Nearly a decade and a half after medical marijuana was approved by District of Columbia voters, a dispensary and a cultivation site have each obtained their required certificate of occupancy. Both should begin operations sometime during the first half of 2013.

The cultivation center is located in the Northeast section of D.C. and can commence growing medicinal cannabis once the chosen property passes a final inspection by the Department of Health. It is the first of six such cultivation centers formally sanctioned to grow marijuana for approved patients in the District of Columbia. Per regulations, plants must be at least 60 days old before they are harvested for medicine.


Also gaining an occupancy certificate was the first of ultimately five dispensaries that will actually provide the medical pot to patients – this one legally operating as VentureForth LLC and located on North Capitol Street (just a mile from the U.S. Capitol). Patients must obtain a written recommendation from a participating physician. They must also register with a specific dispensary in order to participate in the city's program.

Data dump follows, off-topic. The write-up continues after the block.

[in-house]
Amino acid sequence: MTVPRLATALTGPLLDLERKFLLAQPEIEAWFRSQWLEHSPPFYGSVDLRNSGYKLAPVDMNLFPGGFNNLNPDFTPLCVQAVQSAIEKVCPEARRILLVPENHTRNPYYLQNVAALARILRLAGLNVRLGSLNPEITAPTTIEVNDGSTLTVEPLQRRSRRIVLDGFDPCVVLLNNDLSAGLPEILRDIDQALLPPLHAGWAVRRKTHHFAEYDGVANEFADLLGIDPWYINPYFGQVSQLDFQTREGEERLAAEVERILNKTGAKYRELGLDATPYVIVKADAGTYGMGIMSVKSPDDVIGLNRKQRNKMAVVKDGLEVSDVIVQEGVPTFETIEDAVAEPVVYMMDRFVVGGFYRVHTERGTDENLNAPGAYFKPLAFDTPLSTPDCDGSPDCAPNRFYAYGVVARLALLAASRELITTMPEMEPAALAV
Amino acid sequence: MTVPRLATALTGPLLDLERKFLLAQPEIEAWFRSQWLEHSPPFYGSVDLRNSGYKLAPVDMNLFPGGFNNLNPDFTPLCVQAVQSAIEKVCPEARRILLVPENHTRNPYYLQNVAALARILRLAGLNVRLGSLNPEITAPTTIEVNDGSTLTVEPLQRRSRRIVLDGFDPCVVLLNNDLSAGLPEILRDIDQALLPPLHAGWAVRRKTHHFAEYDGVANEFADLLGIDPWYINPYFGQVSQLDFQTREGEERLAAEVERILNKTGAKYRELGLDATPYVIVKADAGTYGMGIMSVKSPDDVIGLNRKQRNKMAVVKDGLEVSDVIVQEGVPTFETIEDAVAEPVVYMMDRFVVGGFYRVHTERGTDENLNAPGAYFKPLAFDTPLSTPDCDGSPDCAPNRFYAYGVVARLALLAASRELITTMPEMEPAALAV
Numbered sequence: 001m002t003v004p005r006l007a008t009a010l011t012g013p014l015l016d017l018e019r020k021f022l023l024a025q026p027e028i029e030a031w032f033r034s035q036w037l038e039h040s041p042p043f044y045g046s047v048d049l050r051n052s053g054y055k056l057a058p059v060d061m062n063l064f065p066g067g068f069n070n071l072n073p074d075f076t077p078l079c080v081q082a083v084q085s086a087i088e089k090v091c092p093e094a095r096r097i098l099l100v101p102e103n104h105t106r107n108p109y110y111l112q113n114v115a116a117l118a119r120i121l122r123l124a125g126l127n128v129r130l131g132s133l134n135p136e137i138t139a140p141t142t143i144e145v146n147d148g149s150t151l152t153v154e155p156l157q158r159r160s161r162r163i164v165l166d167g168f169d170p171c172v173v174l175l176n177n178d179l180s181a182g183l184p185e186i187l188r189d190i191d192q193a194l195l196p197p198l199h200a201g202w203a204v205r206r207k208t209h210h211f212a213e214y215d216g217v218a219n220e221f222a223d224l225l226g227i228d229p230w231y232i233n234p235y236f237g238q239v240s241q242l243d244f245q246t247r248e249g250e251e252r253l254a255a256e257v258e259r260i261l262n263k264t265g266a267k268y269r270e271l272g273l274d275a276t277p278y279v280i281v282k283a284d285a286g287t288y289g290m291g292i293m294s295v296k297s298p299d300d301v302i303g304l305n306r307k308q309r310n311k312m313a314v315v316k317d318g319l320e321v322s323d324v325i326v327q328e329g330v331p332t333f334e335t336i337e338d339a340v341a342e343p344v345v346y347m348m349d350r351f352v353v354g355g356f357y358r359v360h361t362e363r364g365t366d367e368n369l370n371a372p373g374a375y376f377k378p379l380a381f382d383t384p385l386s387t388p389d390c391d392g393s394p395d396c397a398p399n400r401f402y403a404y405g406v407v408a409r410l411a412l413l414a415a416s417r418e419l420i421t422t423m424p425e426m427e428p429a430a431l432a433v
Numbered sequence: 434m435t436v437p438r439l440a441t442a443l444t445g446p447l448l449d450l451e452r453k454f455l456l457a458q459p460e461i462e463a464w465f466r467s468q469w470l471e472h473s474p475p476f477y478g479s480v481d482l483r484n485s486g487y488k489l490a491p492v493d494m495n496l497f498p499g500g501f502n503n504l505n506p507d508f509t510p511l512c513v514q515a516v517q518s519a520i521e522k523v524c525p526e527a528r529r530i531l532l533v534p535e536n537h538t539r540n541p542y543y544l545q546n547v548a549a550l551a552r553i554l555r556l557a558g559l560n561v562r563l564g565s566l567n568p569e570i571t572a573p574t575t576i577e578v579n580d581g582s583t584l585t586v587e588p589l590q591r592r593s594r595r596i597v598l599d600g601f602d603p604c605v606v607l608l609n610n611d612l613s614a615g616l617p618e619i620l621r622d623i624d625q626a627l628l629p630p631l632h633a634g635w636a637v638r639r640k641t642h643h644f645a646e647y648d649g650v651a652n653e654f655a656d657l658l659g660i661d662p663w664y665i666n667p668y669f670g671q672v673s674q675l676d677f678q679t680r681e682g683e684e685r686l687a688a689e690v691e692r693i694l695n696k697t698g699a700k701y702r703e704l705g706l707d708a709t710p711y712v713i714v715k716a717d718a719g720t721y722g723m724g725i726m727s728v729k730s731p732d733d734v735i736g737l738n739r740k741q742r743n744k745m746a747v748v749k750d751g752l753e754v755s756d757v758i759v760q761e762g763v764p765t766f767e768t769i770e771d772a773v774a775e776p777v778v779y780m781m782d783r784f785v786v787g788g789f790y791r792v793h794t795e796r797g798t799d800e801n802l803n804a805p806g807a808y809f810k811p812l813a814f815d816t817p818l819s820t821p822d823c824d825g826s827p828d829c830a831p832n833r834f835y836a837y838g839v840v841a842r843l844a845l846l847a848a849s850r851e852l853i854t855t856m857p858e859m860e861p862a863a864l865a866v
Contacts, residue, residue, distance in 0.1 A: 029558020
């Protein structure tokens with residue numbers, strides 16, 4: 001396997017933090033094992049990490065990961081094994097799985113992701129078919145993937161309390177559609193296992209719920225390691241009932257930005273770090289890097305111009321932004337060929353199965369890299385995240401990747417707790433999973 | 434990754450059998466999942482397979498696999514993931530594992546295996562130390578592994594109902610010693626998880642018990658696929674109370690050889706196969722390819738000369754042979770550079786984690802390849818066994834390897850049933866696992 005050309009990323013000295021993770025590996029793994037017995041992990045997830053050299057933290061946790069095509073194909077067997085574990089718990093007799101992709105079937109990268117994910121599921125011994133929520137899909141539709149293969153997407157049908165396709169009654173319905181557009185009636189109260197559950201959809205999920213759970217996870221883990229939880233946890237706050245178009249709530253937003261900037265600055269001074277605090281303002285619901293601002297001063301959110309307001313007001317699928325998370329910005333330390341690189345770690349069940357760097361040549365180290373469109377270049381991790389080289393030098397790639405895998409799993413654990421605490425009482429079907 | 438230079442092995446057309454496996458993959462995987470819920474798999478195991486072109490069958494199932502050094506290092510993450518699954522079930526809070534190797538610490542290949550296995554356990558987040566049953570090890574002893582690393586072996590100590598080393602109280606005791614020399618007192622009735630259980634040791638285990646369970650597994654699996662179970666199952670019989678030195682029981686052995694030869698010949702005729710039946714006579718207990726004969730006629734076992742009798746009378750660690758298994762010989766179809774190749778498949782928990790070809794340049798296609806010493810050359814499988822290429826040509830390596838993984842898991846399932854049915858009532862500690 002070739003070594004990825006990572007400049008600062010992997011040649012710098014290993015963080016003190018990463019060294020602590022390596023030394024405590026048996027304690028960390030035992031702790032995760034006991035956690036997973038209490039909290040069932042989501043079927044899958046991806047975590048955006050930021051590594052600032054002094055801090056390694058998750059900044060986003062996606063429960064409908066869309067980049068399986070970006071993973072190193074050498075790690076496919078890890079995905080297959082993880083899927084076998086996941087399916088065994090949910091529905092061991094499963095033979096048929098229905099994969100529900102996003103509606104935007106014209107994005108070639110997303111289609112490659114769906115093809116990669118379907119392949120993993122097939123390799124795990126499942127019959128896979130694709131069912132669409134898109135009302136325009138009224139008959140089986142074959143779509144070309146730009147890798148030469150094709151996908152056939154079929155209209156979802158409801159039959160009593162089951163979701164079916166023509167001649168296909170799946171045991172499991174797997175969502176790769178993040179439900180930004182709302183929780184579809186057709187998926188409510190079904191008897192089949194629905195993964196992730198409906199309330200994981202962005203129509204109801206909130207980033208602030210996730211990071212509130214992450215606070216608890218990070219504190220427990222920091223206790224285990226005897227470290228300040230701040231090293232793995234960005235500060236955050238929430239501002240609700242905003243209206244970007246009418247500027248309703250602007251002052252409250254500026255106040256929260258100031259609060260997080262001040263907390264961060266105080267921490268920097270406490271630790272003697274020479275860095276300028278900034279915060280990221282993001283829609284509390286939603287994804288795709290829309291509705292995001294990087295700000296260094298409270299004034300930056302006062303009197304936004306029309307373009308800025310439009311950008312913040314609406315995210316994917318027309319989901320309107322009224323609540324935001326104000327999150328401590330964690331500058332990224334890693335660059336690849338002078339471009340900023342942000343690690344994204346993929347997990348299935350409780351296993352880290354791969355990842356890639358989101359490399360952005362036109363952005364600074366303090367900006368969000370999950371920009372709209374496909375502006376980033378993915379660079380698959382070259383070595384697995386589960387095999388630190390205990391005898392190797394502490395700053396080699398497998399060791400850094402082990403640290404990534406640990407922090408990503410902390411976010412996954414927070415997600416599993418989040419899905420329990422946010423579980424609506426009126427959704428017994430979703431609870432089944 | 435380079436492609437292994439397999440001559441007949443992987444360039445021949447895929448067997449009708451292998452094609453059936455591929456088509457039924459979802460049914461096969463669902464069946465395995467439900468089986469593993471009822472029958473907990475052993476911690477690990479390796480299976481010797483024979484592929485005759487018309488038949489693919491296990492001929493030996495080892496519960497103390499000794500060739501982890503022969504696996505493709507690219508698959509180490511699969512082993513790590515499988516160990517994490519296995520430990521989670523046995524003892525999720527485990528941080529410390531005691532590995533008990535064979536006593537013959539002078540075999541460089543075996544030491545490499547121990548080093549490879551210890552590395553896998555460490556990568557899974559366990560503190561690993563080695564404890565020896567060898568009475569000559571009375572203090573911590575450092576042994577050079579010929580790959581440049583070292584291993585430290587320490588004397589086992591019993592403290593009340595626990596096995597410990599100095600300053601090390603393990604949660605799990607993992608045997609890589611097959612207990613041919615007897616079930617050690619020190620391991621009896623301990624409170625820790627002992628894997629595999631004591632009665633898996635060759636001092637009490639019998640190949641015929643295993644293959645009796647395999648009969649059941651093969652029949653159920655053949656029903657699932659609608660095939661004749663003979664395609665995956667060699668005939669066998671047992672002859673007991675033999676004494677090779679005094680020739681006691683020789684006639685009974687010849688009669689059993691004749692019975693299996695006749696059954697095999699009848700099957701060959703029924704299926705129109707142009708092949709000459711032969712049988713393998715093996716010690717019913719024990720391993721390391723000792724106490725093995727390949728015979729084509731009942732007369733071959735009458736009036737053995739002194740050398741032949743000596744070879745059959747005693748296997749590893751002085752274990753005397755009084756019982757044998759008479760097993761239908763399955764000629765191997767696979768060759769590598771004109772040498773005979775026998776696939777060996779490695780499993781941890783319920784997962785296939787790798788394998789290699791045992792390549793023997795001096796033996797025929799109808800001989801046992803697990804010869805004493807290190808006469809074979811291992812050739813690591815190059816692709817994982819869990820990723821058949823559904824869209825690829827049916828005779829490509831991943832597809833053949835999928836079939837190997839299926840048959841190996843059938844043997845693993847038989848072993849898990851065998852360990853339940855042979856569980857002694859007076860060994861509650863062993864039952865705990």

Initiative 59, the Legalization of Marijuana for Medical Treatment, was passed way back in November 1998 with a resounding 69 percent of the vote. However, the then-Republican controlled U.S. Congress wasn’t about to permit medical marijuana in their backyard and denied funding.


The D.C. City Council passed legislation establishing a medical pot program in May 2010. Two months later, the then-Democratic controlled Congress allowed D.C. to implement the City Council law. The subsequent application process to approve cultivators and dispensaries has taken over two years, though it appears those patients in D.C. who've managed to hang in there will finally be able to properly medicate.

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